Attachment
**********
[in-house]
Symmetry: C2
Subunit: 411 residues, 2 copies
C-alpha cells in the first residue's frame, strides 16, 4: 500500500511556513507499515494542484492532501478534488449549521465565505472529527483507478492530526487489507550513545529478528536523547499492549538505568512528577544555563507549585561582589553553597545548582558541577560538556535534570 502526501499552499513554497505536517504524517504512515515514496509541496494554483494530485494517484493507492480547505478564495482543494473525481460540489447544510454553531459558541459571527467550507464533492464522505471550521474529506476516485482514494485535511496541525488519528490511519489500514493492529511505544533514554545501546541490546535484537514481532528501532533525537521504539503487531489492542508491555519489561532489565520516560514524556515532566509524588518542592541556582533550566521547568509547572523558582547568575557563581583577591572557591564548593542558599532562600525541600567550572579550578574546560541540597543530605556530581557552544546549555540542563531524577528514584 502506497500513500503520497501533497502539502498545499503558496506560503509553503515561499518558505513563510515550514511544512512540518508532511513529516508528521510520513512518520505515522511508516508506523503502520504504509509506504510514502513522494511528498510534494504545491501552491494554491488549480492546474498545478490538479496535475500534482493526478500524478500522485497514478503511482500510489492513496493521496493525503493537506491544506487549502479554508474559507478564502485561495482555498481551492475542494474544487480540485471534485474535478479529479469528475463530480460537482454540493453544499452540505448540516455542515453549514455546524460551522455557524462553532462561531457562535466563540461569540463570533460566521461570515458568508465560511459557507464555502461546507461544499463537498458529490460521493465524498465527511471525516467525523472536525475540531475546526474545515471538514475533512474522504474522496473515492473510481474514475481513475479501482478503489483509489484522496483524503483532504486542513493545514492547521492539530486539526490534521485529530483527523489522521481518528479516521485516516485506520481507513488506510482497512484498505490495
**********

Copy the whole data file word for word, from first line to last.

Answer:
[in-house]
Symmetry: C2
Subunit: 411 residues, 2 copies
C-alpha cells in the first residue's frame, strides 16, 4: 500500500511556513507499515494542484492532501478534488449549521465565505472529527483507478492530526487489507550513545529478528536523547499492549538505568512528577544555563507549585561582589553553597545548582558541577560538556535534570 502526501499552499513554497505536517504524517504512515515514496509541496494554483494530485494517484493507492480547505478564495482543494473525481460540489447544510454553531459558541459571527467550507464533492464522505471550521474529506476516485482514494485535511496541525488519528490511519489500514493492529511505544533514554545501546541490546535484537514481532528501532533525537521504539503487531489492542508491555519489561532489565520516560514524556515532566509524588518542592541556582533550566521547568509547572523558582547568575557563581583577591572557591564548593542558599532562600525541600567550572579550578574546560541540597543530605556530581557552544546549555540542563531524577528514584 502506497500513500503520497501533497502539502498545499503558496506560503509553503515561499518558505513563510515550514511544512512540518508532511513529516508528521510520513512518520505515522511508516508506523503502520504504509509506504510514502513522494511528498510534494504545491501552491494554491488549480492546474498545478490538479496535475500534482493526478500524478500522485497514478503511482500510489492513496493521496493525503493537506491544506487549502479554508474559507478564502485561495482555498481551492475542494474544487480540485471534485474535478479529479469528475463530480460537482454540493453544499452540505448540516455542515453549514455546524460551522455557524462553532462561531457562535466563540461569540463570533460566521461570515458568508465560511459557507464555502461546507461544499463537498458529490460521493465524498465527511471525516467525523472536525475540531475546526474545515471538514475533512474522504474522496473515492473510481474514475481513475479501482478503489483509489484522496483524503483532504486542513493545514492547521492539530486539526490534521485529530483527523489522521481518528479516521485516516485506520481507513488506510482497512484498505490495